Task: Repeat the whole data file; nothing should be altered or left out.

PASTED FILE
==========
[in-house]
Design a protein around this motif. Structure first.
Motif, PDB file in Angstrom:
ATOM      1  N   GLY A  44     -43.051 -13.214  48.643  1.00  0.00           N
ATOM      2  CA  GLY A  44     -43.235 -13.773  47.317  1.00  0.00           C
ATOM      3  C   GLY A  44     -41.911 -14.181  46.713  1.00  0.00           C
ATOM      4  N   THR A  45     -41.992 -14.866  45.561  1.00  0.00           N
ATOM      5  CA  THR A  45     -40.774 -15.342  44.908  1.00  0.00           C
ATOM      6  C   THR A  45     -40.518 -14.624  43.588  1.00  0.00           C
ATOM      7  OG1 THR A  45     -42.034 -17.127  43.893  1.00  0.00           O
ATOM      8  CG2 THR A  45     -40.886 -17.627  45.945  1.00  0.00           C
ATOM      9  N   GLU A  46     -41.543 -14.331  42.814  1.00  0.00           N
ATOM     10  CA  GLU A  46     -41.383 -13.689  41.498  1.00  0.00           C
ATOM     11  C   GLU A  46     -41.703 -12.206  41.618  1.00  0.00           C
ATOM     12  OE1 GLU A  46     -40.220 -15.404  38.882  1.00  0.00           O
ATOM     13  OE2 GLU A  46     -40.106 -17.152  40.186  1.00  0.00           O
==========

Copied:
[in-house]
Design a protein around this motif. Structure first.
Motif, PDB file in Angstrom:
ATOM      1  N   GLY A  44     -43.051 -13.214  48.643  1.00  0.00           N
ATOM      2  CA  GLY A  44     -43.235 -13.773  47.317  1.00  0.00           C
ATOM      3  C   GLY A  44     -41.911 -14.181  46.713  1.00  0.00           C
ATOM      4  N   THR A  45     -41.992 -14.866  45.561  1.00  0.00           N
ATOM      5  CA  THR A  45     -40.774 -15.342  44.908  1.00  0.00           C
ATOM      6  C   THR A  45     -40.518 -14.624  43.588  1.00  0.00           C
ATOM      7  OG1 THR A  45     -42.034 -17.127  43.893  1.00  0.00           O
ATOM      8  CG2 THR A  45     -40.886 -17.627  45.945  1.00  0.00           C
ATOM      9  N   GLU A  46     -41.543 -14.331  42.814  1.00  0.00           N
ATOM     10  CA  GLU A  46     -41.383 -13.689  41.498  1.00  0.00           C
ATOM     11  C   GLU A  46     -41.703 -12.206  41.618  1.00  0.00           C
ATOM     12  OE1 GLU A  46     -40.220 -15.404  38.882  1.00  0.00           O
ATOM     13  OE2 GLU A  46     -40.106 -17.152  40.186  1.00  0.00           O